A Woman Is Found With A Maggot Living Inside Of Her Forehead

Visiting exotic locations overseas can be a lot of fun, but danger lurks around every corner. While vacationing, several things can go wrong, such as lost luggage, lost passports, muggings, pickpocketing, illness and, of course, falling victim to parasitic and insect-borne diseases. Tropical regions around the world see the greatest rate of insect-borne disease cases and parasitic infections. It goes without saying that researching the potentially dangerous insects that dwell in a region where a person plans to vacation is a smart course of action. It is not uncommon for Americans and Europeans to fall victim to insect-borne diseases and parasitic infections while visiting a tropical paradise. For example, several days after returning home from a trip to Uganda, a British woman learned that she had a maggot infesting her forehead.

Initially, the British woman did not experience any symptoms that would have indicated that a fly larva had been developing within her forehead, but nine days after returning home, the woman noticed a swollen lump on her forehead. Naturally concerned, the woman did not waste any time reporting to the doctor where she was told that she had sustained an insect bite. The woman was then given a prescription for antibiotics before leaving the hospital. However, only three days later, the woman returned to the hospital with worsened symptoms, as the swelling on her forehead grew significantly and extended to her eyelids. The woman also complained of shooting pains in her face. Upon closer examination, doctors discovered that a tiny pin prick-like hole existed at the center of the swelling. A fluid discharge was noted as oozing out of this opening. In response to this finding, doctors decided to run more tests, as they were concerned that she had contracted a serious disease while traveling in Uganda. As it turns out, the opening had been a small breathing hole for the maggot that had infested her forehead. In order to coax the maggot toward the opening so that it could be removed, doctors plugged the opening, resulting in the maggot’s air supply being cut off. The maggot intruder was removed and identified as Lund’s fly larva, which is a fly species native to African rainforests. Not only is the Lund’s fly not associated with infections of this sort, but the forehead is not typically selected as a nesting spot for developing insect offspring.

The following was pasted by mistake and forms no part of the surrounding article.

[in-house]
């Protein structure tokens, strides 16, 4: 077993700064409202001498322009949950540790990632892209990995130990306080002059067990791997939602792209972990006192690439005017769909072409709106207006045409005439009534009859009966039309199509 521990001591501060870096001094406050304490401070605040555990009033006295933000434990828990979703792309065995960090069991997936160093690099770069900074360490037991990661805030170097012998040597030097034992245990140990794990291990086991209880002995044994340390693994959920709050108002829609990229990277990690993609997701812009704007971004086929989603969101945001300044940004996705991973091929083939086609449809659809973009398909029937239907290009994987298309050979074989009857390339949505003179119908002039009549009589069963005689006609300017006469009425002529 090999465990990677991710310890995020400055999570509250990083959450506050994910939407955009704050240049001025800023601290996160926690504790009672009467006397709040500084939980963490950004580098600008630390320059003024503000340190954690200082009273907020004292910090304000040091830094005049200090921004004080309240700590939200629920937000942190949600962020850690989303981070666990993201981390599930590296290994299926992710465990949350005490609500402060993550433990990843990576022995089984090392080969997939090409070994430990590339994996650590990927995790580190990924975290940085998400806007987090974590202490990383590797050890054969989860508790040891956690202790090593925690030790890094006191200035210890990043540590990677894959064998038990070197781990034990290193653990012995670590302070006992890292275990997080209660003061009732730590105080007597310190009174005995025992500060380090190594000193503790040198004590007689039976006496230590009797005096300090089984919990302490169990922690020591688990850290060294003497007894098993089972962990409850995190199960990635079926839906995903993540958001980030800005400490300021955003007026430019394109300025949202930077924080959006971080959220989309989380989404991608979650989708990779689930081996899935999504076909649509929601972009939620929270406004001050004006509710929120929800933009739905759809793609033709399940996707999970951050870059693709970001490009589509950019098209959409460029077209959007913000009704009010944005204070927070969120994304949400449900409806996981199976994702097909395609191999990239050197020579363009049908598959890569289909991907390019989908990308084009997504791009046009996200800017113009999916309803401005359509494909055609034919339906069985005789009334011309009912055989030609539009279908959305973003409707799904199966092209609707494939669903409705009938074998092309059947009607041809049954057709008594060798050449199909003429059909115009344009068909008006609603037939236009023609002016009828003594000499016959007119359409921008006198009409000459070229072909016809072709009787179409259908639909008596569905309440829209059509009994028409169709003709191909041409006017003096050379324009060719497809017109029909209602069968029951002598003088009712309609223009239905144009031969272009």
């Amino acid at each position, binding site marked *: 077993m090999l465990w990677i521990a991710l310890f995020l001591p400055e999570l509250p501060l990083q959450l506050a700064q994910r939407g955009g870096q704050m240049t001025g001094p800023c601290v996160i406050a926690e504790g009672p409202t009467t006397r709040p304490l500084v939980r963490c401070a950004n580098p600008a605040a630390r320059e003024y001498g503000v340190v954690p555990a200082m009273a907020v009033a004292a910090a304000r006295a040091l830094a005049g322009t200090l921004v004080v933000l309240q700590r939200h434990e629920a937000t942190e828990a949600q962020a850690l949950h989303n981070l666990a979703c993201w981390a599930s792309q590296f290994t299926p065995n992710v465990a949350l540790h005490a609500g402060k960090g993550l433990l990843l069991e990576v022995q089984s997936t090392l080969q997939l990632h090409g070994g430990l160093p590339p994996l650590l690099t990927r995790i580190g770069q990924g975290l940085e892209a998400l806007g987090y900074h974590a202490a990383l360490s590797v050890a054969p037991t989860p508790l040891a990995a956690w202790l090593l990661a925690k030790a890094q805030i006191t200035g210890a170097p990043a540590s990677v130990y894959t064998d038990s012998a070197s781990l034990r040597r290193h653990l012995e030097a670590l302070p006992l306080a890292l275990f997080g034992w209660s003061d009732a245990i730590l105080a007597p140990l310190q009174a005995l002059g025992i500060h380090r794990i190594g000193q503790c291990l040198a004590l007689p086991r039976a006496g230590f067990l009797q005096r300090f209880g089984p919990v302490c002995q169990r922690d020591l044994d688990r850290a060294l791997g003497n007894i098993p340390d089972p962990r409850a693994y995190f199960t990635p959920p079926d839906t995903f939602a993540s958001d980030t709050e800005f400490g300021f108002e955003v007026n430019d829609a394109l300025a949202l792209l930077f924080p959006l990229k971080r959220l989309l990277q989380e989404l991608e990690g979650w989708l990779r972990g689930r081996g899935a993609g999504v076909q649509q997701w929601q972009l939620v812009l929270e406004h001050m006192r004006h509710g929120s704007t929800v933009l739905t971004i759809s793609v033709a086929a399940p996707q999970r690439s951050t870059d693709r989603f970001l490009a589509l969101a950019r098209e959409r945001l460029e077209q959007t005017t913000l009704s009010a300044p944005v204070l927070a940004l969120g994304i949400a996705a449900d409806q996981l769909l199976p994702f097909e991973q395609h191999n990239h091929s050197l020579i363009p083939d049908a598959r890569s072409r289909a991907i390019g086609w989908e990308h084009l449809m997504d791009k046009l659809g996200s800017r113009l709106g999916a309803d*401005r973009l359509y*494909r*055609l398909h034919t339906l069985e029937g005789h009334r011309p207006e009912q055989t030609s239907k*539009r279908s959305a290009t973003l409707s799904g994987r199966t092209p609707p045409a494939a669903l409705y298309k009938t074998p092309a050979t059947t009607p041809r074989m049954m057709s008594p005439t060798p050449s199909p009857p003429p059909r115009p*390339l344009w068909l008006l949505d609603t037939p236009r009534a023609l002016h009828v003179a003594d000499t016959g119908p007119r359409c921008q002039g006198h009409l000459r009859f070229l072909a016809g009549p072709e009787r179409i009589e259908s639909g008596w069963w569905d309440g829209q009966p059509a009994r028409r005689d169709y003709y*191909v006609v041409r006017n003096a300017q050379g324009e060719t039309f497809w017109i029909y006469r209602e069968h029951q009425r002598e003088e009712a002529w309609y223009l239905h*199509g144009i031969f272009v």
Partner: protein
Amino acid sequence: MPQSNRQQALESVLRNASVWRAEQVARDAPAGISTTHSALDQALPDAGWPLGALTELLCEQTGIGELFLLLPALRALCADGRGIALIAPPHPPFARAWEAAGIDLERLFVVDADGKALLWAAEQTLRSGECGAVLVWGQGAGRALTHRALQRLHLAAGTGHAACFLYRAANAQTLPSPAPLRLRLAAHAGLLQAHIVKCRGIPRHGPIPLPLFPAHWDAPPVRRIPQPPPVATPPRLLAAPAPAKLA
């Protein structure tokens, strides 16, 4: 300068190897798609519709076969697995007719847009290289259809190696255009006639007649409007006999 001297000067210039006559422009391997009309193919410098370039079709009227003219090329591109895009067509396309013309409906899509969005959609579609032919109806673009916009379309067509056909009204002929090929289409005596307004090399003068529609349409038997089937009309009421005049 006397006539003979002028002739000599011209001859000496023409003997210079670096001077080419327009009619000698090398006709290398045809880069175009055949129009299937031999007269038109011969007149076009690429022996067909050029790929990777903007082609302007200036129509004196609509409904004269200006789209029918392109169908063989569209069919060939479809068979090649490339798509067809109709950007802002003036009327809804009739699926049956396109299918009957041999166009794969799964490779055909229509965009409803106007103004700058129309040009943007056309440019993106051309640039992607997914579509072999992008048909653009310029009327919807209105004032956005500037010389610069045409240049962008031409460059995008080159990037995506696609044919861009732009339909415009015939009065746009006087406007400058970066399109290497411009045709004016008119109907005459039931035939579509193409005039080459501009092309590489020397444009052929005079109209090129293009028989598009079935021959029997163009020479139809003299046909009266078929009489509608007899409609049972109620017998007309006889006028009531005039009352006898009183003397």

Have you ever heard of a maggot being discovered nesting within a person’s body?

 

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A University Student Is Not Tolerating Her Insect And Spider Infested Dorm

A University Student Is Not Tolerating Her Insect And Spider Infested Dorm And One Company Is Forcing Employees To Eat Cockroaches